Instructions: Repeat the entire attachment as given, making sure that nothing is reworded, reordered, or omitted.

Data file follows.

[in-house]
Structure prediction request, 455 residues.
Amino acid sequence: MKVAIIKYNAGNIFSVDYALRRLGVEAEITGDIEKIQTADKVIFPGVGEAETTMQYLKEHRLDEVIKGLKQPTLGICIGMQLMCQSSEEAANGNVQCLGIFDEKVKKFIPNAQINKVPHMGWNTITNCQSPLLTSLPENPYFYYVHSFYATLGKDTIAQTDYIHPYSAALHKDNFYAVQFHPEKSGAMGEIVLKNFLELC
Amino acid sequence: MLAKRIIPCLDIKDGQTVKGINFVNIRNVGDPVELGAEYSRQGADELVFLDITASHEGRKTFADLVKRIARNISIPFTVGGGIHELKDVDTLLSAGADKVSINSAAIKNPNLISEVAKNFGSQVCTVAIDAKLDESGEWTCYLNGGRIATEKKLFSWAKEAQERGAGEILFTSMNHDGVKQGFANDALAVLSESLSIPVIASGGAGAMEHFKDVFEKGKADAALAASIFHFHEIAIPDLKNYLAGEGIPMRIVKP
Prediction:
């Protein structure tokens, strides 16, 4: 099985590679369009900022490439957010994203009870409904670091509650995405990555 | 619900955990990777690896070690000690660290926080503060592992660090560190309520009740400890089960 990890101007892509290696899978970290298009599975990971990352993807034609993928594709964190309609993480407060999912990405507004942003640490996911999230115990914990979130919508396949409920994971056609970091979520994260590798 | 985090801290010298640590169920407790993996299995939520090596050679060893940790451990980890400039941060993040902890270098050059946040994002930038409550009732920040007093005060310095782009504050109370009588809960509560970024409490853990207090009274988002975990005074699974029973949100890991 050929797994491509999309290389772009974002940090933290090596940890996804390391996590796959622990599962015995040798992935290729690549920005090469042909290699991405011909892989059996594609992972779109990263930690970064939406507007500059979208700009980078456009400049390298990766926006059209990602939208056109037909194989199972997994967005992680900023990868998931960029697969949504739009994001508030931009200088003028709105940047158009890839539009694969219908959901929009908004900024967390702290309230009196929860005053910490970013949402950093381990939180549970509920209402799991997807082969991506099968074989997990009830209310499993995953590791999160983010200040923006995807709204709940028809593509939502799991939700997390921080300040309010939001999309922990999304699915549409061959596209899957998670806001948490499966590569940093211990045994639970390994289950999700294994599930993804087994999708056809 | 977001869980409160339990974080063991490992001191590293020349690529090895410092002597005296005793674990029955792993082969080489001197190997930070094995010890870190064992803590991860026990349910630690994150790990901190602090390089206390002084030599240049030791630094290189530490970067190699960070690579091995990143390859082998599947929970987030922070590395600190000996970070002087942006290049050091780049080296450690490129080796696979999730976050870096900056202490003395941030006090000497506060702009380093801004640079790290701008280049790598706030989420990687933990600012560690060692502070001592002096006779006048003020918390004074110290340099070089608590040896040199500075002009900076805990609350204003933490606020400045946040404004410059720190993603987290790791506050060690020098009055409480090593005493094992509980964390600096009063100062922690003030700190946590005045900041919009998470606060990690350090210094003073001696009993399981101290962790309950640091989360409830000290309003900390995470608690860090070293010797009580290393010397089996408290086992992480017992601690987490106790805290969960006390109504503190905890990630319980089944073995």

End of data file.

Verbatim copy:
[in-house]
Structure prediction request, 455 residues.
Amino acid sequence: MKVAIIKYNAGNIFSVDYALRRLGVEAEITGDIEKIQTADKVIFPGVGEAETTMQYLKEHRLDEVIKGLKQPTLGICIGMQLMCQSSEEAANGNVQCLGIFDEKVKKFIPNAQINKVPHMGWNTITNCQSPLLTSLPENPYFYYVHSFYATLGKDTIAQTDYIHPYSAALHKDNFYAVQFHPEKSGAMGEIVLKNFLELC
Amino acid sequence: MLAKRIIPCLDIKDGQTVKGINFVNIRNVGDPVELGAEYSRQGADELVFLDITASHEGRKTFADLVKRIARNISIPFTVGGGIHELKDVDTLLSAGADKVSINSAAIKNPNLISEVAKNFGSQVCTVAIDAKLDESGEWTCYLNGGRIATEKKLFSWAKEAQERGAGEILFTSMNHDGVKQGFANDALAVLSESLSIPVIASGGAGAMEHFKDVFEKGKADAALAASIFHFHEIAIPDLKNYLAGEGIPMRIVKP
Prediction:
């Protein structure tokens, strides 16, 4: 099985590679369009900022490439957010994203009870409904670091509650995405990555 | 619900955990990777690896070690000690660290926080503060592992660090560190309520009740400890089960 990890101007892509290696899978970290298009599975990971990352993807034609993928594709964190309609993480407060999912990405507004942003640490996911999230115990914990979130919508396949409920994971056609970091979520994260590798 | 985090801290010298640590169920407790993996299995939520090596050679060893940790451990980890400039941060993040902890270098050059946040994002930038409550009732920040007093005060310095782009504050109370009588809960509560970024409490853990207090009274988002975990005074699974029973949100890991 050929797994491509999309290389772009974002940090933290090596940890996804390391996590796959622990599962015995040798992935290729690549920005090469042909290699991405011909892989059996594609992972779109990263930690970064939406507007500059979208700009980078456009400049390298990766926006059209990602939208056109037909194989199972997994967005992680900023990868998931960029697969949504739009994001508030931009200088003028709105940047158009890839539009694969219908959901929009908004900024967390702290309230009196929860005053910490970013949402950093381990939180549970509920209402799991997807082969991506099968074989997990009830209310499993995953590791999160983010200040923006995807709204709940028809593509939502799991939700997390921080300040309010939001999309922990999304699915549409061959596209899957998670806001948490499966590569940093211990045994639970390994289950999700294994599930993804087994999708056809 | 977001869980409160339990974080063991490992001191590293020349690529090895410092002597005296005793674990029955792993082969080489001197190997930070094995010890870190064992803590991860026990349910630690994150790990901190602090390089206390002084030599240049030791630094290189530490970067190699960070690579091995990143390859082998599947929970987030922070590395600190000996970070002087942006290049050091780049080296450690490129080796696979999730976050870096900056202490003395941030006090000497506060702009380093801004640079790290701008280049790598706030989420990687933990600012560690060692502070001592002096006779006048003020918390004074110290340099070089608590040896040199500075002009900076805990609350204003933490606020400045946040404004410059720190993603987290790791506050060690020098009055409480090593005493094992509980964390600096009063100062922690003030700190946590005045900041919009998470606060990690350090210094003073001696009993399981101290962790309950640091989360409830000290309003900390995470608690860090070293010797009580290393010397089996408290086992992480017992601690987490106790805290969960006390109504503190905890990630319980089944073995």